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The inevitable failure of Russia’s policy to resolve the Syrian crisis alone

January 31, 2017 at 10:20 am

Representatives from the Syrian government and opposition delegates take part in the first session of Syria peace talks in Astana, Kazakhstan on 23 January 2017 [Aliia Raimbekova/Anadolu]

One of the things that analysts can agree on regarding the situation in Syria is the inability of Russia to resolve the crisis militarily after having bombed the country for over a year and a half with all the military might at its disposal. Russian forces have used internationally-banned munitions, it is alleged, and bombed civilian targets including markets, mosques, schools and hospitals, killing thousands of civilians in an effort to pressure them into abandoning the revolution.

Clear proof of Russia’s military failure is the fact that the armed Syrian opposition has forced Moscow to negotiate with its representatives in the Kazakhstan capital Astana. This is after Moscow, Tehran and Bashar Al-Assad’s regime had viewed them as terrorist organisations and refused to talk with them only a few months ago.

This backdown by Russia is not a political manoeuvre or trick, as some say, but a confirmation that Moscow has lost hope in the two paths that it had thought would work: the political solution being reached through Geneva, especially since America had dominated the process and decisions; and hope in a military solution through Iran and its militias. The Russians have realised that Iran’s Major General Qasem Soleimani duped them when he claimed that a three-month aerial attack by Moscow’s air force would end the Syrian Revolution. Now, eighteen months later, Russia finds itself involved deeply in the Syrian crisis and looking for a solution in order to avoid another Afghanistan scenario. This is what made it turn to Turkey, putting aside its differences with Ankara.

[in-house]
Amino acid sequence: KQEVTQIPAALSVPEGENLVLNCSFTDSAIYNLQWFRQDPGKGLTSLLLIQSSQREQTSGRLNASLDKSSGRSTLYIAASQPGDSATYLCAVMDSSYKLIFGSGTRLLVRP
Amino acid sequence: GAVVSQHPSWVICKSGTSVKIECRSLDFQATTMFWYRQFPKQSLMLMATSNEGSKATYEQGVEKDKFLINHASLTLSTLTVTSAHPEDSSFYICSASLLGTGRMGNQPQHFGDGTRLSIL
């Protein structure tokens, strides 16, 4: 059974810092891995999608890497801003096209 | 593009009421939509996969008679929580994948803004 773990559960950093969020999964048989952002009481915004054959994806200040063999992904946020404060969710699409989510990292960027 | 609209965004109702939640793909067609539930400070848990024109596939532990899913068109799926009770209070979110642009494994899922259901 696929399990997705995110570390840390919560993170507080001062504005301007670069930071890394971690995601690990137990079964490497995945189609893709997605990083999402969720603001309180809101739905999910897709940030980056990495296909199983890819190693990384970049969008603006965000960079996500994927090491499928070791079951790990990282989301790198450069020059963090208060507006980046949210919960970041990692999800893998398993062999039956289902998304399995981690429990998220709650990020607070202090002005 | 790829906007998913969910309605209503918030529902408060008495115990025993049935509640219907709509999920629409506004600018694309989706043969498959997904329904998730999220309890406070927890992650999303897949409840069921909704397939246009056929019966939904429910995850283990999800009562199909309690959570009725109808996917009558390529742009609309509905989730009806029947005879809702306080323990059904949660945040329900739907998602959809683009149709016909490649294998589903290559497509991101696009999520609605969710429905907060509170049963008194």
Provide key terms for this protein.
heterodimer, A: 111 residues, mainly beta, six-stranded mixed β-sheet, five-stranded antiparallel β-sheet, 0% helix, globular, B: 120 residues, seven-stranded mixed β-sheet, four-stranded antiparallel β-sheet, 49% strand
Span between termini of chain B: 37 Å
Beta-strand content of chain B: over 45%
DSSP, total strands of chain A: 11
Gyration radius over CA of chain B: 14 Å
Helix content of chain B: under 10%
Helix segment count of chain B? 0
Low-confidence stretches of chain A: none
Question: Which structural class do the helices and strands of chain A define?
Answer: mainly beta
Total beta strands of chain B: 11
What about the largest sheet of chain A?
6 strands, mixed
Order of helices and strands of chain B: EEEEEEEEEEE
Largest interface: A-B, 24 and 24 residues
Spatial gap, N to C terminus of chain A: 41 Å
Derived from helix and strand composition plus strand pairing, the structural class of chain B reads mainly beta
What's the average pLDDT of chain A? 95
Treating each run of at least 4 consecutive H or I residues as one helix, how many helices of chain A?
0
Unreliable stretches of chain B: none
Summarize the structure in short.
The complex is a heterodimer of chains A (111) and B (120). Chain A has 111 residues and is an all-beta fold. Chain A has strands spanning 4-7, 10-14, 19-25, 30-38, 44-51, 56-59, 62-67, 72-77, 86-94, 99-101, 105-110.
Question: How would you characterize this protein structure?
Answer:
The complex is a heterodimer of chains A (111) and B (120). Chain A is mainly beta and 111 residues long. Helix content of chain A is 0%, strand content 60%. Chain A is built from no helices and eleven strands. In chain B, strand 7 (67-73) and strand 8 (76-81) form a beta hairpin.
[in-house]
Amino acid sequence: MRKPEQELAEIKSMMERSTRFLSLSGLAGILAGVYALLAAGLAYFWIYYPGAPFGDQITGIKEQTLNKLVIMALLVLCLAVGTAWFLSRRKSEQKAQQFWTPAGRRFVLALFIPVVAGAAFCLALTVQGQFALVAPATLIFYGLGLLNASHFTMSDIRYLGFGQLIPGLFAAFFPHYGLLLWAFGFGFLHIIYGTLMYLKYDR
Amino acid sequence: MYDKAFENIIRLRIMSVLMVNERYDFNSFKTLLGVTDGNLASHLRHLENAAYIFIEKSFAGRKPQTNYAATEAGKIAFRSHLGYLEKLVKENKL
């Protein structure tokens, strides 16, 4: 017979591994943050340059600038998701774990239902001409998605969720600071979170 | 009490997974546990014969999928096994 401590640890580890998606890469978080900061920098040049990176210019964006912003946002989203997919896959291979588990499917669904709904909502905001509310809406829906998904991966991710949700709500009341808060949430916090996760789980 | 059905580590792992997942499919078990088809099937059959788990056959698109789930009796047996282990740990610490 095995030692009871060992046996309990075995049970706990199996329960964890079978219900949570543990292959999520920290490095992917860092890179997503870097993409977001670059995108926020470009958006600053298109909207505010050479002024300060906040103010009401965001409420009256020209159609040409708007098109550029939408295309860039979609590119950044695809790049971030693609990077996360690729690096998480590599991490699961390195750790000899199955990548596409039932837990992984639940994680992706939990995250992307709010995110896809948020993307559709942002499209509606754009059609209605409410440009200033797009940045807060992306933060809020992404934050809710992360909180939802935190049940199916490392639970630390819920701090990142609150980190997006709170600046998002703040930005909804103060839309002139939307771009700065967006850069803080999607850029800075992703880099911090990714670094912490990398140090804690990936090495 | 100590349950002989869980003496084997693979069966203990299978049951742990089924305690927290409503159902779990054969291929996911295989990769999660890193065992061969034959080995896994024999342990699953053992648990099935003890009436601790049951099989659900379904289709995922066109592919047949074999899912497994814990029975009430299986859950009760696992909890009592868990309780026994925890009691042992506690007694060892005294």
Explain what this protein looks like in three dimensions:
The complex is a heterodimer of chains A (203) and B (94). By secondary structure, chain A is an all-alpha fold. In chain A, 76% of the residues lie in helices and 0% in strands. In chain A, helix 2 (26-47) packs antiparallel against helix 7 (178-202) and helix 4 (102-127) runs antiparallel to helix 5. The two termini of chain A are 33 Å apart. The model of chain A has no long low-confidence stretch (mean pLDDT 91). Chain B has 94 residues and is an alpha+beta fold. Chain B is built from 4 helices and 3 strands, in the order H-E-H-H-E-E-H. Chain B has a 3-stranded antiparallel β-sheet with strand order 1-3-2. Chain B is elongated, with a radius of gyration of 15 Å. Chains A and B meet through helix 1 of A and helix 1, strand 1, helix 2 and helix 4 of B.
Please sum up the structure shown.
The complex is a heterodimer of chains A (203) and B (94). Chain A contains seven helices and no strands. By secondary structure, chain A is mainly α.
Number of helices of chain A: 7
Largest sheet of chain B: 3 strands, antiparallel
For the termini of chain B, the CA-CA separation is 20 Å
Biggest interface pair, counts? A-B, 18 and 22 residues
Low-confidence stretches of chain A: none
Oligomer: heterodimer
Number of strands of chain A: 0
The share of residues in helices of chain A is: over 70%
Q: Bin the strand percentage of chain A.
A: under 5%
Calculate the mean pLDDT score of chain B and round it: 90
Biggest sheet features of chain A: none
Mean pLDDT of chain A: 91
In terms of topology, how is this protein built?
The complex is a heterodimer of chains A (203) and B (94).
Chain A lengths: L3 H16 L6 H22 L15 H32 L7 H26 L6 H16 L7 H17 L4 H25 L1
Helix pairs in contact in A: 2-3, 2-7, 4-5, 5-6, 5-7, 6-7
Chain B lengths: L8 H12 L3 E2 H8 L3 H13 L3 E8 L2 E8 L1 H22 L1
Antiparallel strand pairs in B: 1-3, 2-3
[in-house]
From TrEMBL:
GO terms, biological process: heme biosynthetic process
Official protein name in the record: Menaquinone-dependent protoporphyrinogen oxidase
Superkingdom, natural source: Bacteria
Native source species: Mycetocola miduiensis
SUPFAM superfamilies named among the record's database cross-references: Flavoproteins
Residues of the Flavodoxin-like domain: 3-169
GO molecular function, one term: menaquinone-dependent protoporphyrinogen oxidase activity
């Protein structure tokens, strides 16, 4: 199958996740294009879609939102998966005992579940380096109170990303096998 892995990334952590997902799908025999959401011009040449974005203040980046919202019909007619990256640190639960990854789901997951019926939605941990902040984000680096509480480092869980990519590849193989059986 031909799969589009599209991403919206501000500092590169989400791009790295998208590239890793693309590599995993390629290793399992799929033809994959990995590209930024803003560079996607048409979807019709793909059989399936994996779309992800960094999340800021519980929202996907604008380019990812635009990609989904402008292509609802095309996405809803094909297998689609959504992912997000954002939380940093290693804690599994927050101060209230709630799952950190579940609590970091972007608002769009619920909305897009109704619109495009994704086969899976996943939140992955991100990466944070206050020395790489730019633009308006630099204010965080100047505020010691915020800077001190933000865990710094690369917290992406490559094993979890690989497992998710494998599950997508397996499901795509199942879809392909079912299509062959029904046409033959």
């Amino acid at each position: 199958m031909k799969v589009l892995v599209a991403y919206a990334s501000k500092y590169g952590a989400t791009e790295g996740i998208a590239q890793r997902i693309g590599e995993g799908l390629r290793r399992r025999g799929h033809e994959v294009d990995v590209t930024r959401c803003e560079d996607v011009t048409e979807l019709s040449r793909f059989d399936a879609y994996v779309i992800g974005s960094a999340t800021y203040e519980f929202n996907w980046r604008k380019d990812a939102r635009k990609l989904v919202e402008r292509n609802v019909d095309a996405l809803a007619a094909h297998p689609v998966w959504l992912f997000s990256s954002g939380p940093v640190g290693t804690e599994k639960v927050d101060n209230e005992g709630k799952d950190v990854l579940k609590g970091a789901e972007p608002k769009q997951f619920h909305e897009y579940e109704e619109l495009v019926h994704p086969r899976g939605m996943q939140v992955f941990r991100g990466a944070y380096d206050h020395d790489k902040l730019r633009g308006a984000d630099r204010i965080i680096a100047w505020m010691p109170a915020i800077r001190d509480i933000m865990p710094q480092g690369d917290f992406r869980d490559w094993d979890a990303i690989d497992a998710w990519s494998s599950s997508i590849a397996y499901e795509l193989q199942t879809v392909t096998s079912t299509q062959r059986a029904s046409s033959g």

After Moscow agreed a ceasefire with the Syrian opposition in Ankara on 29 December, it took advantage of the deal and called for a conference in Astana in record time; it was held on 23 January. Russia moved quickly because it knew that the incoming Trump administration would have a different opinion about the situation in Syria and would be worse than Obama in handling it. The Russians also made every possible effort to prevent Iran and its militias from sabotaging the ceasefire since it could not allow the Astana conference to fail.

Even though Russia was forced to include Iran as a guarantor for the ceasefire agreement and a partner in monitoring it in order for the government in Tehran to remain committed to Moscow’s solution rather than being an obstacle, it fears that Iran is against the solution or will be used by the US to hinder any agreement. Hence, the Russians want to put Iran under their wing in the political solution.